Yeah, believe it or not, there are a LOT of people that stupid. Or naive. Or both. Sad, but true...
...
Even if it's true (which I don't concede, at the very least insofar as the Ellen Burstyn character), it's a monumentally weak premise to hang the movie on. If that is the only way you can get your movie to even remotely "work" you should try another tack. IMO.

Last edited by movielib; 02-06-04 at 10:06 AM.
Old 02-06-04, 10:05 AM
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A lot of movies hinge on the stupidity of the main characters. Aka "Idiot Plot Syndrome." It's a staple of the horror genre.

I also hate it when films hinge on coincidence.

Oddly enough, Mystic River (which I mentioned above), hinges on both. I still liked it, but there were a lot of flaws.
Old 02-06-04, 10:18 AM
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Originally posted by Groucho
Laura Linney's speech at the end of Mystic River. Came out of nowhere.
I actually posted about this in another thread, but this was definitely a flaw of the adaptation. The book goes far more into her background, which completely justifies that speech. I saw the film before I read the book and was completely flabbergasted by how out-of-place and unearned that speech was, but the book makes far more sense in that regard. Without the backstory, the speech (which is almost word-for-word from the book) makes no sense.
Old 02-06-04, 10:20 AM
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Originally posted by Groucho
A lot of movies hinge on the stupidity of the main characters. Aka "Idiot Plot Syndrome." It's a staple of the horror genre.

Oddly enough, Mystic River (which I mentioned above), hinges on both. I still liked it, but there were a lot of flaws.
I don't disagree and I think you are absolutely right about Mystic River, a film I also liked despite its flaws. But in that movie, all the major characters are not idiots all the time.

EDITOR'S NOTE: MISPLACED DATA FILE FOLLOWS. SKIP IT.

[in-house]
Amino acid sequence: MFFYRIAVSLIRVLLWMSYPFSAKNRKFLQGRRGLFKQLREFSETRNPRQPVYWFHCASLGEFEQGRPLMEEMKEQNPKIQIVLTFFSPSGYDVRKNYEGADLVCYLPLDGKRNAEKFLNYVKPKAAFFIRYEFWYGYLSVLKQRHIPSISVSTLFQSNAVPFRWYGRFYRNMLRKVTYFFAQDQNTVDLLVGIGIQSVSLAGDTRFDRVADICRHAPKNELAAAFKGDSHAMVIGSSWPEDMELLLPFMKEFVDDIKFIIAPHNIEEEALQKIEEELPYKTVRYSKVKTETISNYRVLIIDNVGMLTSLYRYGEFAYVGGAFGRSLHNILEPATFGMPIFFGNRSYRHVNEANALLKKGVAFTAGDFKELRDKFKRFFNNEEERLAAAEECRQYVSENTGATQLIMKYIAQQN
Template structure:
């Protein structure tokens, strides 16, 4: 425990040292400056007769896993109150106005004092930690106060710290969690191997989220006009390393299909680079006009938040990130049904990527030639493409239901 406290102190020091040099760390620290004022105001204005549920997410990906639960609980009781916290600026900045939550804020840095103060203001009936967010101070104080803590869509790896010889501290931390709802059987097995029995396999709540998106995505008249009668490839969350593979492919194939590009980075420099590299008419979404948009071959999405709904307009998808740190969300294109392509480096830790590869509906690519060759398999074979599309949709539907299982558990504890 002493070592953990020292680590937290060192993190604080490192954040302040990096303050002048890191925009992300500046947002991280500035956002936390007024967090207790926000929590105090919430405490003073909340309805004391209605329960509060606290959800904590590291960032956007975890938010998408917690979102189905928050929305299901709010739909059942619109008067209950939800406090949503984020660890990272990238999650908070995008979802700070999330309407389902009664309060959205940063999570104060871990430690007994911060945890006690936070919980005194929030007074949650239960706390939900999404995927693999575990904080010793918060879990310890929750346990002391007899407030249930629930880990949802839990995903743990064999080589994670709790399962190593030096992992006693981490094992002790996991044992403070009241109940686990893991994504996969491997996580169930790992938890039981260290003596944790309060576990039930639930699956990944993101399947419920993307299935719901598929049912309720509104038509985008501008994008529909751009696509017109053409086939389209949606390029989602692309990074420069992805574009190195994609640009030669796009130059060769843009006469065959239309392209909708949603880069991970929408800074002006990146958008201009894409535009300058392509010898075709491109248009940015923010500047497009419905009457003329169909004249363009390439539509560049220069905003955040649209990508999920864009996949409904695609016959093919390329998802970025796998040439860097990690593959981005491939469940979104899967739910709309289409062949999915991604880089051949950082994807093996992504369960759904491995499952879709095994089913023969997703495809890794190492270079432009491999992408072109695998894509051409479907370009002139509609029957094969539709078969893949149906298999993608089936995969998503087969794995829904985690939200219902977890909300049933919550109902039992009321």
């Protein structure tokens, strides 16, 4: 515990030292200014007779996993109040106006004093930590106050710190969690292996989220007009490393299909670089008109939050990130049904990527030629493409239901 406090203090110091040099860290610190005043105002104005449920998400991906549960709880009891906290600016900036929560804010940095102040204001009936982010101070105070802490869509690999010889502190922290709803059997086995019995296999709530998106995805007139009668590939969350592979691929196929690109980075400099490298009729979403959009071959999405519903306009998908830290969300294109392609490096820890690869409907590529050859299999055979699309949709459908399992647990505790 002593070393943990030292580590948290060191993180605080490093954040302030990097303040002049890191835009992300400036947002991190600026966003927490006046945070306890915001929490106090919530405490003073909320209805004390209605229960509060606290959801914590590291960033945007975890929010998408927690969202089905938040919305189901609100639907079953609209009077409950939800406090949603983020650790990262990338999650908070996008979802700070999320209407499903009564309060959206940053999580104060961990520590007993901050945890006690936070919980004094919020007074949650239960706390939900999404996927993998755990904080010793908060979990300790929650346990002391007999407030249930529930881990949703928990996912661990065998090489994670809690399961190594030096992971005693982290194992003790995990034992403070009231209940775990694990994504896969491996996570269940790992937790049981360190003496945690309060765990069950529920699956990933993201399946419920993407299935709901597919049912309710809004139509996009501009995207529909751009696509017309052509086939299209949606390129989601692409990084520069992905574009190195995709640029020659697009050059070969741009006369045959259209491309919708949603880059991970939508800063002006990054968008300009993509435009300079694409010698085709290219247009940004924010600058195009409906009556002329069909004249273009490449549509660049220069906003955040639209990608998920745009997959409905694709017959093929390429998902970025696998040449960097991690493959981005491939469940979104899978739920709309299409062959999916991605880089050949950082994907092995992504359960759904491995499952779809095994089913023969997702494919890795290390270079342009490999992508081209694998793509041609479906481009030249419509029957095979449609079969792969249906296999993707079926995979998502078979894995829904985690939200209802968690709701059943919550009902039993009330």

Now a movie can work with the major characters being idiots pretty much all the time such as the Bill and Ted movies. But that's because (a) they are comedies and (b) the movie is so smart in the ways in which it is stupid.
I also hate it when films hinge on coincidence.
Unless that is the entire premise of the film and it's pulled off consistently, brilliantly and exquisitely, like in Magnolia.

All this my opinions of course.
Old 02-06-04, 10:25 AM
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Magnolia tells us it's going to be about remarkable coincidence, but suddenly abandons that premise as soon as the marvelous introduction ends.
Old 02-06-04, 10:31 AM
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Originally posted by Groucho
Magnolia tells us it's going to be about remarkable coincidence, but suddenly abandons that premise as soon as the marvelous introduction ends.
Magnolia also purports to be about different people. But everyone was entrenched in UTTER DESPAIR AND LOATHING. Yawn. Variation on a theme helps. Really, it does.
Old 02-06-04, 10:35 AM
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Originally posted by sundog
Magnolia also purports to be about different people. But everyone was entrenched in UTTER DESPAIR AND LOATHING. Yawn. Variation on a theme helps. Really, it does.
No kidding. I can just see P.T. Anderson writing the script: "I love the whole idea of an estranged father dying of cancer that I'll use it not in just one storyline, but TWO!"
Old 02-06-04, 10:39 AM
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Originally posted by sundog
Magnolia also purports to be about different people. But everyone was entrenched in UTTER DESPAIR AND LOATHING. Yawn. Variation on a theme helps. Really, it does.
and the same thing could said about Neil La Bute's "Your Friends and Neighbors" where not one single character comes across as sympathic or redeamable. The film wallows in gutter speak, self indulgent narcacistic revelatoins that the whole tone of the film becomes a farce and ultimately trivial.
Old 02-06-04, 11:19 AM
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Originally posted by Groucho
Magnolia tells us it's going to be about remarkable coincidence, but suddenly abandons that premise as soon as the marvelous introduction ends.
I suppose in a way you're right. Perhaps most of the film uses happenstance more than coincidence. Whatever, I think it is a magnificent movie.

To those who say it's about nothing but depressed, self-loathing people, it's also about redemption for at least some of those people.

Well, I should have known I'd take it on the chin for criticizing Requiem for a Dream and praising Magnolia.

Last edited by movielib; 02-07-04 at 09:10 AM.
Old 02-06-04, 11:31 AM
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Originally posted by movielib
Well, I should have known I'd take it on the chin for criticizing Requiem for a Dream and praising Magnolia.
Well, the last thing I want is to be considered a fan of Requiem for a Dream. I loathe the characters in that movie, but not as much as the director does. Really, I know of few instances where the filmmaker held his creations in such contempt, and then expect to make some grandiose statement about their predictable downfall. That and I hate Jared Leto (mostly for this movie). I'm glad that most movies I see him in his character suffers in one way or another.